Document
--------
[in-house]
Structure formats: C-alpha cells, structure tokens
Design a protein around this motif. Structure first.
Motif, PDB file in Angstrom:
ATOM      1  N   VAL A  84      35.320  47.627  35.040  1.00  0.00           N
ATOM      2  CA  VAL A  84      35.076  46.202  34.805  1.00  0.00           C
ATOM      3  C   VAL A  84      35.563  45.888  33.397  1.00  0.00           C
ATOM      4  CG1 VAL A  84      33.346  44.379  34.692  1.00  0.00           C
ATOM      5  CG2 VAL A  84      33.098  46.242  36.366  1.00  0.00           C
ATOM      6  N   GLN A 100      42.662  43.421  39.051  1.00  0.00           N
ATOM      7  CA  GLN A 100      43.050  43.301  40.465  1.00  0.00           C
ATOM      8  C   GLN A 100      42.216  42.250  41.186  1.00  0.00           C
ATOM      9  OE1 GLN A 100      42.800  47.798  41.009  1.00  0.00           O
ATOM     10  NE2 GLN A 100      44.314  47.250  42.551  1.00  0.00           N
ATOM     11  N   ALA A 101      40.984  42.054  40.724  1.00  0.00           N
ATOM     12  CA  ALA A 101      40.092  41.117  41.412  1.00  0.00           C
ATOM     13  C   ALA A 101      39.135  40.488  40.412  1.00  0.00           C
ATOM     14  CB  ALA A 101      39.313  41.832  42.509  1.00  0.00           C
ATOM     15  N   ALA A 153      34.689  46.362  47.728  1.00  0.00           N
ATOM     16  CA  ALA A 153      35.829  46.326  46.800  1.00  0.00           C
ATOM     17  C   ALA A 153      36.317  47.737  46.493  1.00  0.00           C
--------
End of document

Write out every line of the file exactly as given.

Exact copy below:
[in-house]
Structure formats: C-alpha cells, structure tokens
Design a protein around this motif. Structure first.
Motif, PDB file in Angstrom:
ATOM      1  N   VAL A  84      35.320  47.627  35.040  1.00  0.00           N
ATOM      2  CA  VAL A  84      35.076  46.202  34.805  1.00  0.00           C
ATOM      3  C   VAL A  84      35.563  45.888  33.397  1.00  0.00           C
ATOM      4  CG1 VAL A  84      33.346  44.379  34.692  1.00  0.00           C
ATOM      5  CG2 VAL A  84      33.098  46.242  36.366  1.00  0.00           C
ATOM      6  N   GLN A 100      42.662  43.421  39.051  1.00  0.00           N
ATOM      7  CA  GLN A 100      43.050  43.301  40.465  1.00  0.00           C
ATOM      8  C   GLN A 100      42.216  42.250  41.186  1.00  0.00           C
ATOM      9  OE1 GLN A 100      42.800  47.798  41.009  1.00  0.00           O
ATOM     10  NE2 GLN A 100      44.314  47.250  42.551  1.00  0.00           N
ATOM     11  N   ALA A 101      40.984  42.054  40.724  1.00  0.00           N
ATOM     12  CA  ALA A 101      40.092  41.117  41.412  1.00  0.00           C
ATOM     13  C   ALA A 101      39.135  40.488  40.412  1.00  0.00           C
ATOM     14  CB  ALA A 101      39.313  41.832  42.509  1.00  0.00           C
ATOM     15  N   ALA A 153      34.689  46.362  47.728  1.00  0.00           N
ATOM     16  CA  ALA A 153      35.829  46.326  46.800  1.00  0.00           C
ATOM     17  C   ALA A 153      36.317  47.737  46.493  1.00  0.00           C